Cattie Coyle

Cattie Coyle

Founder and Editor at Animal Wellness Guide
Cattie is the founder and editor of Animal Wellness Guide. She is a freelance photographer, graduate of Bancroft School of Massage Therapy’s small animal program, and has studied Applied Zoopharmacognosy. Learn more about Cattie
Cattie Coyle
Happy Midsummer (lots of celebrating going on in Sweden today) and Happy Anniversary… - 3 days ago


  1. Cheri says

    Cattie, I ran across your site while trying to find Dr. Martin Goldstein’s recommended Chih-Ko & Curcuma pills as cheap as possible for my lab that has a lipoma I am trying to treat naturally.

    In addition to all of the helpful information you provided, I’d like to add a frightening statistic that I was not aware of until last fall when my 13 year old Great Pyrenees was diagnosed with cancer. 50% of all dogs over the age of 10 get cancer. 50%!!!! Roxie was my third (teenage) senior and the first to ever have cancer. Considering that I do not vaccinate beyond puppyhood, don’t spray my yard for weeds or pests, keep flea and tick meds to a bare minimum and try to feed good quality food, I was floored to get that diagnosis. And like your Sadie, Roxie was diagnosed very late in the game.

    The first thing I did was research and start ordering things to fight cancer. A great resource for cancer is ‘The Truth About Cancer’. From it, I put Roxie on The Budwig Diet, Essiac Tea, as well as numerous supplements recommended by holistic vets in books I had (I have no holistic vet in my area), including Dr. Martin Goldstein’s ‘The Nature of Animal Healing’ and Dr. Barbara Royal’s ‘The Royal Treatment’, both of which I highly recommend. Despite trying so many different things, we lost the battle, but learned a very important lesson. When you have a senior dog, it is crucial that you pay very close attention to their habits, like eating. Roxie stopped eating and was having trouble going potty, so when the vet diagnosed her with a UTI, I accepted it without question, not knowing the statistics of cancer. Looking back, I would have insisted more testing just to make sure there wasn’t something else going on. As our pets’ parents, we know our animals better than anyone else, so if you have a feeling something isn’t right, you are probably correct. Don’t let your vet bully or dissuade you from being concerned. When my own dear sweet Sadie had a negative reaction after taking the NSAID ‘Previcox’, I called the vet’s office concerned. I was repeatedly brushed off until her symptoms were so bad, I demanded she be looked at. By then, it was too late and I will forever have the guilt of her death on my heart, both because I didn’t research how dangerous NSAID’s are to dogs before administering it to my sweet girl and also because I didn’t get her possibly life saving treatment sooner because the vet’s office wasn’t concerned and told me to just “keep an eye on her’.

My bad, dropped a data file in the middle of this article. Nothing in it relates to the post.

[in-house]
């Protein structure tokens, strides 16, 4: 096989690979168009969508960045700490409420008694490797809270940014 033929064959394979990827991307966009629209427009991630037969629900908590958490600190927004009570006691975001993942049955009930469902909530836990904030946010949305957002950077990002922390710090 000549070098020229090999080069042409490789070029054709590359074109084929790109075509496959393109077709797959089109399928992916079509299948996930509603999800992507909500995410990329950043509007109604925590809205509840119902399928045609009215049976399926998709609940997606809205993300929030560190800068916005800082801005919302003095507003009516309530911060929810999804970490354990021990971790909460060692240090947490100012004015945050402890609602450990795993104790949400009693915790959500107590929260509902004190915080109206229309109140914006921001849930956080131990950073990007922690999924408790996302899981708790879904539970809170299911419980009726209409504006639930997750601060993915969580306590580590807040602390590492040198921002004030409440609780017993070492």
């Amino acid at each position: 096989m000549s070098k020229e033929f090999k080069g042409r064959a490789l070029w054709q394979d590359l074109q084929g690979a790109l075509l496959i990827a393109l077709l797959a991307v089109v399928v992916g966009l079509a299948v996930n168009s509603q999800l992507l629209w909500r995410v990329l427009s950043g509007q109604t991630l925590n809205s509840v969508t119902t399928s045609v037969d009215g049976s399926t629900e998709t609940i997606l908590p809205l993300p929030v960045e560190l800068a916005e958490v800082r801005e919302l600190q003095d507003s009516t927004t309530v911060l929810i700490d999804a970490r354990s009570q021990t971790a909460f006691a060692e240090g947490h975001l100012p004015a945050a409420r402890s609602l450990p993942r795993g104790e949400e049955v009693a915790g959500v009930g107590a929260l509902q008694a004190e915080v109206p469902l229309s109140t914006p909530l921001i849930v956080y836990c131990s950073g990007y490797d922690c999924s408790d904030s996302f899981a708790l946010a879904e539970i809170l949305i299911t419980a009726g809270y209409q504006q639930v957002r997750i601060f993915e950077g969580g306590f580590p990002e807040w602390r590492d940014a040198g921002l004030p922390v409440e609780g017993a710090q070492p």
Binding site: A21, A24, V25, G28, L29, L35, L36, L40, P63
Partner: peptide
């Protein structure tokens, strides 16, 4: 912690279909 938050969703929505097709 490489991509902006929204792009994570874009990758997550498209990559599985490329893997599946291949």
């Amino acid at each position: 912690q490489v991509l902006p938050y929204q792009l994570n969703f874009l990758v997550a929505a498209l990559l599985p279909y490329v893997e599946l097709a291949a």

2. says

    Cherie, thank you so much for sharing your experiences and findings with us here. I am so sorry to hear about your Sadie, Roxie, and your lab’s current health issues. You are so right that we should never question our instinct that “something isn’t right”, and insist on more tests, or find another vet who will listen to us when our regular one doesn’t take that hunch seriously. It is a sad fact that as first time pet parents, we are at the mercy of our chosen vet, and have to rely on their expertise. Even though we do learn the signs and what to look for with each new experience, it should never have to be at the cost of our first pets’ health and lives. Thank you again for sharing, and I hope your lab recovers soon!